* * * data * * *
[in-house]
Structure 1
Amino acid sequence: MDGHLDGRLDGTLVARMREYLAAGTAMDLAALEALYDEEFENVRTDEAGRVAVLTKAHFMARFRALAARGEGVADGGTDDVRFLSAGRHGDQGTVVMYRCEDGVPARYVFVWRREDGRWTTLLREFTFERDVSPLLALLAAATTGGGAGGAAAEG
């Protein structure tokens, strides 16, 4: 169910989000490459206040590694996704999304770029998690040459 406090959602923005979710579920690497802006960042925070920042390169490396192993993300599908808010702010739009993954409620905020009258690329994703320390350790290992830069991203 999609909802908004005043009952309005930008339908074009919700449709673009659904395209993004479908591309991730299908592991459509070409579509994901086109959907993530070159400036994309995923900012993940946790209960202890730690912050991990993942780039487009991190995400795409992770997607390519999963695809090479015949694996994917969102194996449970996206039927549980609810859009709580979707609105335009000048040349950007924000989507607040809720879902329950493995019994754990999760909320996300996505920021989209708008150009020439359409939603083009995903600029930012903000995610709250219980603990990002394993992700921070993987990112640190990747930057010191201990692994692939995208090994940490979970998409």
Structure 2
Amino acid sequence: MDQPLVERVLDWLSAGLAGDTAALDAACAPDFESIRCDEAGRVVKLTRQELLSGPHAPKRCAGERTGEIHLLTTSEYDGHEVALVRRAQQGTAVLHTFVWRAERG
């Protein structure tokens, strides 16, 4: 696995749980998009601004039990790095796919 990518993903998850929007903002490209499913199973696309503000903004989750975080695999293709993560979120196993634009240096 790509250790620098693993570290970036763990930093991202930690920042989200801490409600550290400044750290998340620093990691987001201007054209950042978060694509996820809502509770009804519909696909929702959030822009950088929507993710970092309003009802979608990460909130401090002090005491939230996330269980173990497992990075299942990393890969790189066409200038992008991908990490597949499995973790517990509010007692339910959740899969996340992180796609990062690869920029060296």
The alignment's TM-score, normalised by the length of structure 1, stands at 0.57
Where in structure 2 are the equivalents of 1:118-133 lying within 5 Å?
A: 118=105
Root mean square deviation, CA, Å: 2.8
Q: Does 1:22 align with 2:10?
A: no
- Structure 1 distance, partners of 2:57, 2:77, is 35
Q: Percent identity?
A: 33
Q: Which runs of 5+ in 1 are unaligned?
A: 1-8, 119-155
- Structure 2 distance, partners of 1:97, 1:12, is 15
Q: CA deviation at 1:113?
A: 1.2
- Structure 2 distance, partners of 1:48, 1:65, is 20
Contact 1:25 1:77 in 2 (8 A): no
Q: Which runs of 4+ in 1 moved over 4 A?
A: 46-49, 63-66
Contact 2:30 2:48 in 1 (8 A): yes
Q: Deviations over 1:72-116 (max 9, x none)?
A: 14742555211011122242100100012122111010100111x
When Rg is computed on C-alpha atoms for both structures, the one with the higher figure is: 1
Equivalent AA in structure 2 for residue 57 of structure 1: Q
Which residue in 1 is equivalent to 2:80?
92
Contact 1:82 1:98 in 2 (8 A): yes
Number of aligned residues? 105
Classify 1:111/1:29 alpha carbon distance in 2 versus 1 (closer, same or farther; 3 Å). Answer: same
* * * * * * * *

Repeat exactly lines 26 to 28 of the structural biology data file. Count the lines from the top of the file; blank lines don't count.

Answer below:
Contact 2:30 2:48 in 1 (8 A): yes
Q: Deviations over 1:72-116 (max 9, x none)?
A: 14742555211011122242100100012122111010100111x